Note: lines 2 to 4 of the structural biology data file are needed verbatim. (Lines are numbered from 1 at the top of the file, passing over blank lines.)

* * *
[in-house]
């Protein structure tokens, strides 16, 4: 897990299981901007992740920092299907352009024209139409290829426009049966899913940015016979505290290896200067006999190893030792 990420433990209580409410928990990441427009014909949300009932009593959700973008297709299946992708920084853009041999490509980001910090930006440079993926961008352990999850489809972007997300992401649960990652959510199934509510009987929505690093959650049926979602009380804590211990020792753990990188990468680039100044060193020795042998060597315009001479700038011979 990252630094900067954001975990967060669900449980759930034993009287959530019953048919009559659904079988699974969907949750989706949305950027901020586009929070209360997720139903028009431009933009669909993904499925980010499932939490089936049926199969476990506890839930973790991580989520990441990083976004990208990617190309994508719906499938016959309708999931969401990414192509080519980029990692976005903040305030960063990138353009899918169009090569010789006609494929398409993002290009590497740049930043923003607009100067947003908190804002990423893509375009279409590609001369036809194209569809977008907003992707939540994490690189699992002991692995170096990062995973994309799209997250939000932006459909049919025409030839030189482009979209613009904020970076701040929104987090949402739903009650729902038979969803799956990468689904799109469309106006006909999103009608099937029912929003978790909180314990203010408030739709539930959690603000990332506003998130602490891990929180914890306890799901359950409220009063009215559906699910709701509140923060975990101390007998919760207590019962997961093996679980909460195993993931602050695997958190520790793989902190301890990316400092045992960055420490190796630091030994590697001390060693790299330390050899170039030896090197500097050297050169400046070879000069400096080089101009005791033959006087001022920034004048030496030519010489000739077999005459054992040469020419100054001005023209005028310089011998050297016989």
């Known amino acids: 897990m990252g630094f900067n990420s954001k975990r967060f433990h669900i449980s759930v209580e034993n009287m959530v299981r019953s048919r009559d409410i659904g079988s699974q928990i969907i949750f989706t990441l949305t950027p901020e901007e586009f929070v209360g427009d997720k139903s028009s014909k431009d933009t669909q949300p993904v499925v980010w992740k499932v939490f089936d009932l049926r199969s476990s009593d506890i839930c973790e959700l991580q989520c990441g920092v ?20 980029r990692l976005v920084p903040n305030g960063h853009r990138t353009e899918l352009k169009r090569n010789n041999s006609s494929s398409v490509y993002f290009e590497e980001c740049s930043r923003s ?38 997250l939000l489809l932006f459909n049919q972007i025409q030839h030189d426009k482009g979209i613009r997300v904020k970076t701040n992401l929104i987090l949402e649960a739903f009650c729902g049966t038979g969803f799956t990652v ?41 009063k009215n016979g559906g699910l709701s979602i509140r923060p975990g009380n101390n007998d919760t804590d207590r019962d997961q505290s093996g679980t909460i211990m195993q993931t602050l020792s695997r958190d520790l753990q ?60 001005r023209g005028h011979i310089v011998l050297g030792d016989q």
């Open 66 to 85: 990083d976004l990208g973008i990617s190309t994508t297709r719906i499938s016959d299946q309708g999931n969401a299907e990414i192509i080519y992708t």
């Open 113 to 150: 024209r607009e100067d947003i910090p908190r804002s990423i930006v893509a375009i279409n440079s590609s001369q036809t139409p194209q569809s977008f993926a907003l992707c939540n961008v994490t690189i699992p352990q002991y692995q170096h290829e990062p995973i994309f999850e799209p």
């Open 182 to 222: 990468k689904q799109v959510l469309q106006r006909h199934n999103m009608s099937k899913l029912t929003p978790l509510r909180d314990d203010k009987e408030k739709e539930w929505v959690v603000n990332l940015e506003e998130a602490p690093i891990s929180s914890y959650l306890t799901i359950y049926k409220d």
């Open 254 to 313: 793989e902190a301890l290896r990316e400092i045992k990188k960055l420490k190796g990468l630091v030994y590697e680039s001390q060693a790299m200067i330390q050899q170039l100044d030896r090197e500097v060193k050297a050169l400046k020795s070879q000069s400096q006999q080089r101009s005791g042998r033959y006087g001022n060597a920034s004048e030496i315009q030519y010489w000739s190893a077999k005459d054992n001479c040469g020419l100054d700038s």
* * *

């Protein structure tokens, strides 16, 4: 897990299981901007992740920092299907352009024209139409290829426009049966899913940015016979505290290896200067006999190893030792 990420433990209580409410928990990441427009014909949300009932009593959700973008297709299946992708920084853009041999490509980001910090930006440079993926961008352990999850489809972007997300992401649960990652959510199934509510009987929505690093959650049926979602009380804590211990020792753990990188990468680039100044060193020795042998060597315009001479700038011979 990252630094900067954001975990967060669900449980759930034993009287959530019953048919009559659904079988699974969907949750989706949305950027901020586009929070209360997720139903028009431009933009669909993904499925980010499932939490089936049926199969476990506890839930973790991580989520990441990083976004990208990617190309994508719906499938016959309708999931969401990414192509080519980029990692976005903040305030960063990138353009899918169009090569010789006609494929398409993002290009590497740049930043923003607009100067947003908190804002990423893509375009279409590609001369036809194209569809977008907003992707939540994490690189699992002991692995170096990062995973994309799209997250939000932006459909049919025409030839030189482009979209613009904020970076701040929104987090949402739903009650729902038979969803799956990468689904799109469309106006006909999103009608099937029912929003978790909180314990203010408030739709539930959690603000990332506003998130602490891990929180914890306890799901359950409220009063009215559906699910709701509140923060975990101390007998919760207590019962997961093996679980909460195993993931602050695997958190520790793989902190301890990316400092045992960055420490190796630091030994590697001390060693790299330390050899170039030896090197500097050297050169400046070879000069400096080089101009005791033959006087001022920034004048030496030519010489000739077999005459054992040469020419100054001005023209005028310089011998050297016989």
């Known amino acids: 897990m990252g630094f900067n990420s954001k975990r967060f433990h669900i449980s759930v209580e034993n009287m959530v299981r019953s048919r009559d409410i659904g079988s699974q928990i969907i949750f989706t990441l949305t950027p901020e901007e586009f929070v209360g427009d997720k139903s028009s014909k431009d933009t669909q949300p993904v499925v980010w992740k499932v939490f089936d009932l049926r199969s476990s009593d506890i839930c973790e959700l991580q989520c990441g920092v ?20 980029r990692l976005v920084p903040n305030g960063h853009r990138t353009e899918l352009k169009r090569n010789n041999s006609s494929s398409v490509y993002f290009e590497e980001c740049s930043r923003s ?38 997250l939000l489809l932006f459909n049919q972007i025409q030839h030189d426009k482009g979209i613009r997300v904020k970076t701040n992401l929104i987090l949402e649960a739903f009650c729902g049966t038979g969803f799956t990652v ?41 009063k009215n016979g559906g699910l709701s979602i509140r923060p975990g009380n101390n007998d919760t804590d207590r019962d997961q505290s093996g679980t909460i211990m195993q993931t602050l020792s695997r958190d520790l753990q ?60 001005r023209g005028h011979i310089v011998l050297g030792d016989q």
């Open 66 to 85: 990083d976004l990208g973008i990617s190309t994508t297709r719906i499938s016959d299946q309708g999931n969401a299907e990414i192509i080519y992708t």